What's the goal of your project?
We want to see what kind of self-care programs the four different communities will come up with. What kind of educational processes will they prefer? What content will they consider important? What outcomes will they want to use in measuring the success of the program?
The people in the communities will plan the program?
Right. We'll let it be known, through the community, that there are resources available to set up some kind of a self-care or health-education program, but the organizing and planning will be done with the people in the community. They'll decide how the program is structured, how long it will run, what will be included, and how it will be evaluated. I would anticipate that the four different communities will come up with four very different programs.
After the formal "program" is over, the people involved will continue to learn and to participate in meeting their own health needs. A good self-care program should include not only skill empowerment, but process empowerment. What’s going on in that community that affects people’s health? Maybe it’s environmental pollution. Maybe it’s lack of exercise. Maybe it’s on-the job stress. Whatever it is, it’s the people in the community who should be setting the goals.
Lowell, must lecture and speak about self-care as much as anybody. What kind of reception do you get when you go out to talk about self-care?
I guess the most difficult point to get across is that self-care is not just an extension of health education. We're not just talking about creating some new, canned programs for professionals to run on the unsuspecting masses. We're talking about big changes in professional roles, big changes in role for health consumers. We're talking about shifting the initiative in health care from doctors and other health workers to the individual.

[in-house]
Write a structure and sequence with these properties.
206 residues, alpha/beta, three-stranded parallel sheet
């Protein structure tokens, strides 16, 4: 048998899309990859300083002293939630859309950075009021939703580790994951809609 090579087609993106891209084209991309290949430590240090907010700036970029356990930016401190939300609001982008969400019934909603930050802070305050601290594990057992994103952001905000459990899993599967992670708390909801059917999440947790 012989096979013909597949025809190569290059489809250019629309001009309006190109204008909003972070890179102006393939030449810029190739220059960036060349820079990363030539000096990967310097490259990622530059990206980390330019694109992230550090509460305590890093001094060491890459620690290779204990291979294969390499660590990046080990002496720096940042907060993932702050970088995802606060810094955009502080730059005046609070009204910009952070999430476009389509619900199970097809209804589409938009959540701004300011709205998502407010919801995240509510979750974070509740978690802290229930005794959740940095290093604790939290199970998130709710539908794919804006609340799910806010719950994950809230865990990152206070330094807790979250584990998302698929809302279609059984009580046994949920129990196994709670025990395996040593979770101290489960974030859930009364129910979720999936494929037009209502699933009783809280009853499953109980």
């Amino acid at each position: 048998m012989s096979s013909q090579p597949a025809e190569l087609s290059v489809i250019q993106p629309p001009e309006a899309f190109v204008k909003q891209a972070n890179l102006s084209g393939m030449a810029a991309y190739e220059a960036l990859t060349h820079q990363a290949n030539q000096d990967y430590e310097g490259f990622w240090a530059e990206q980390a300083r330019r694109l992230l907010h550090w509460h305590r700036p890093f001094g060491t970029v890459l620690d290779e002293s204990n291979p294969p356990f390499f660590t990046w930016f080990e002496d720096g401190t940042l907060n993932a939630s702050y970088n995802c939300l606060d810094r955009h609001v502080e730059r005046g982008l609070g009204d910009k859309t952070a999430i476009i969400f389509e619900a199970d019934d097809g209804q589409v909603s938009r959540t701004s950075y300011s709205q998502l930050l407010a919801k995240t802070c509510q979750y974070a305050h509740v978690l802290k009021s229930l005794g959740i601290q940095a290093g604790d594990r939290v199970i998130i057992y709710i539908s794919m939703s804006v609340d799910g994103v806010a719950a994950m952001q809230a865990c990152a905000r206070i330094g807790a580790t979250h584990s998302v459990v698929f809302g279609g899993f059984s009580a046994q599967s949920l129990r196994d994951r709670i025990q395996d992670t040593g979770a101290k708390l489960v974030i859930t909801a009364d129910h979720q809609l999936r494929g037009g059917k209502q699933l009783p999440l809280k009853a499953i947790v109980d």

I am less interested in whether self-care will cut down on the use of services than I am in whether it will improve the quality of self-care practice, professional services, and the interaction between the two. Self-care may indeed save us money, but I don't think that should be the main objective of these programs. For a self-care perspective, the enemy is not the disease, but ignorance and powerlessness.
So far, we've been looking at self-care from the point of view of the consumer. How are our doctors going to feel about it?
I think that physicians in primary care will be cautious. Once you empower people to make their own decisions, some people will make decisions other than the one the doctor would have preferred. An empowered consumer might also opt for some kind of care other than that offered by the traditional M.D.
Self-care-educated people will be much more assertive. Their questions will be sharper, they will demand more information, more education. They will ask health workers what they plan to do in much greater detail, and they will expect good answers. They will be more likely to seek different opinions or approaches.
Self-care offers additional degrees of freedom for both health workers and individuals, but it doesn't mean that every individual will be on his or her own in health decision-making. The staunchest advocate of self-care, going in for major surgery, would want to be able to rest his or her trust in the surgeon doing the operation, to go to sleep trusting that everything would be all right. There are times when this parental, assuring role is very appropriate.